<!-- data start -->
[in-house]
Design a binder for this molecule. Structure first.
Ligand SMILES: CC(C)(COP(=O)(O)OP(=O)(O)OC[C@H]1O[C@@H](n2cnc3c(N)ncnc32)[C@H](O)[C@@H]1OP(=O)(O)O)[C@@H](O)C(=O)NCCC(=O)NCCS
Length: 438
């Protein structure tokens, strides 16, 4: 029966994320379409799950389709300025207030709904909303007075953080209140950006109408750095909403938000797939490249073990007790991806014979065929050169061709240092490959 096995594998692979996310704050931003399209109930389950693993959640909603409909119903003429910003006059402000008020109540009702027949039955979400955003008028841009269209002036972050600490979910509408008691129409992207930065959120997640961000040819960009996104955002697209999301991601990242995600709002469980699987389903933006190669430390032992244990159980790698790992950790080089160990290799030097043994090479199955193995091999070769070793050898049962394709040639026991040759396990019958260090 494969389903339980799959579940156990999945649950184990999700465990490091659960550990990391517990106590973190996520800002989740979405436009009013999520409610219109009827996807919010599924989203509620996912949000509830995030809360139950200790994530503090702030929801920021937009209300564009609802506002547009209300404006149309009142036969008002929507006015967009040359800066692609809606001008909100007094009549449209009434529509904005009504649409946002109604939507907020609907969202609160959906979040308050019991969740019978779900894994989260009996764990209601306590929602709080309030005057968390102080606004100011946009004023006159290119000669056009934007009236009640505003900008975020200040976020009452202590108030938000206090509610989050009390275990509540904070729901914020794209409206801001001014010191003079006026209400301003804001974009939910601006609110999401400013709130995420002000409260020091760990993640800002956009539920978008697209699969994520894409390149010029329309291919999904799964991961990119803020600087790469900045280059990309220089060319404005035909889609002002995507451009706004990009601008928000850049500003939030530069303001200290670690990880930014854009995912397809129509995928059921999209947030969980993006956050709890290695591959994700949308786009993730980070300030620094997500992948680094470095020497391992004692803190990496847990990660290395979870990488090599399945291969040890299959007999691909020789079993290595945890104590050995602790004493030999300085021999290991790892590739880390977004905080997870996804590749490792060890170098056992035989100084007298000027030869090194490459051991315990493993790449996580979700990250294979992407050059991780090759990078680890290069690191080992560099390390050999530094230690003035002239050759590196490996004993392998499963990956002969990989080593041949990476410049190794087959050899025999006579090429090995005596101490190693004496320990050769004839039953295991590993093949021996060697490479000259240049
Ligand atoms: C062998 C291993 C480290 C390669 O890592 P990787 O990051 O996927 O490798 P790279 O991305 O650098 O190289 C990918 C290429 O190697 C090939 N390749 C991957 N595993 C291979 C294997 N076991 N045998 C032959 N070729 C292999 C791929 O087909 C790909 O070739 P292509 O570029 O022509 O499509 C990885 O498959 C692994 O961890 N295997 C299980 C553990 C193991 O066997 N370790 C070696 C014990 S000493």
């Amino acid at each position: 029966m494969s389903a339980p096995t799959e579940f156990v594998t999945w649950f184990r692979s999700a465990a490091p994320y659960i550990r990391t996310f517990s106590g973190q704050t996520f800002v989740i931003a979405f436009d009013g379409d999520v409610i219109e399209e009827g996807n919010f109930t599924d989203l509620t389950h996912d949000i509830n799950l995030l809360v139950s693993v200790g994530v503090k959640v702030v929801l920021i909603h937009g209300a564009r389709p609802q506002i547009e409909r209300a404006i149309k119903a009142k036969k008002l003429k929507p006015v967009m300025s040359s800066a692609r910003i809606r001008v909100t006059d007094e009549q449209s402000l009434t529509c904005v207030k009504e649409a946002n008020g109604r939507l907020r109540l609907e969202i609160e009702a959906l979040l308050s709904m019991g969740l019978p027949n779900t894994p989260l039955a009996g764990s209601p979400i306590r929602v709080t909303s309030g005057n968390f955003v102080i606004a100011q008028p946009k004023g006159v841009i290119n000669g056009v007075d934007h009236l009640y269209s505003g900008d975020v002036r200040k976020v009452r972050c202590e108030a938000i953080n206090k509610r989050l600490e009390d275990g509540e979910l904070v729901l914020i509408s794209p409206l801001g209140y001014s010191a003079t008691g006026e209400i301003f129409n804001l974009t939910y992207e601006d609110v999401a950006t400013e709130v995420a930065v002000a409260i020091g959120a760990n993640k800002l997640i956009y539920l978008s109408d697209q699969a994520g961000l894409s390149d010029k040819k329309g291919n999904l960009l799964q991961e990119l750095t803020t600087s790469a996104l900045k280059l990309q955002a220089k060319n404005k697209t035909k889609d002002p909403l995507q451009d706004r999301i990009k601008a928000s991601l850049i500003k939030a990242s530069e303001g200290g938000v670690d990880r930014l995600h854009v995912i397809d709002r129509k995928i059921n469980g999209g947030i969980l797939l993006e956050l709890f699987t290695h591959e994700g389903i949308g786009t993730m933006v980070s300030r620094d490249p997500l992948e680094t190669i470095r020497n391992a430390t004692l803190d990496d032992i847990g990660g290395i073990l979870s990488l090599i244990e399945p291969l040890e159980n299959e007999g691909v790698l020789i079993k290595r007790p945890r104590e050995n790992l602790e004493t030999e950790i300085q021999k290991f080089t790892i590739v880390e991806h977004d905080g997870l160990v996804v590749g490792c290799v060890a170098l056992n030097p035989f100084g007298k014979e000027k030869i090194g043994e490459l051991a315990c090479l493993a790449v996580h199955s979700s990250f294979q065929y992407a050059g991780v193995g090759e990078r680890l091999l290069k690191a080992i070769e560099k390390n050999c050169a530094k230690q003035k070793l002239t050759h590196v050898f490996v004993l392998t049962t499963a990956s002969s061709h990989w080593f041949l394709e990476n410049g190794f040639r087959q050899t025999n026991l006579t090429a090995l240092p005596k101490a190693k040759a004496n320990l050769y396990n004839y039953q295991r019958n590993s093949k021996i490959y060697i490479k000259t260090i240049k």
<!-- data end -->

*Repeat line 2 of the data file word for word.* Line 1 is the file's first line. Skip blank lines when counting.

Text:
Design a binder for this molecule. Structure first.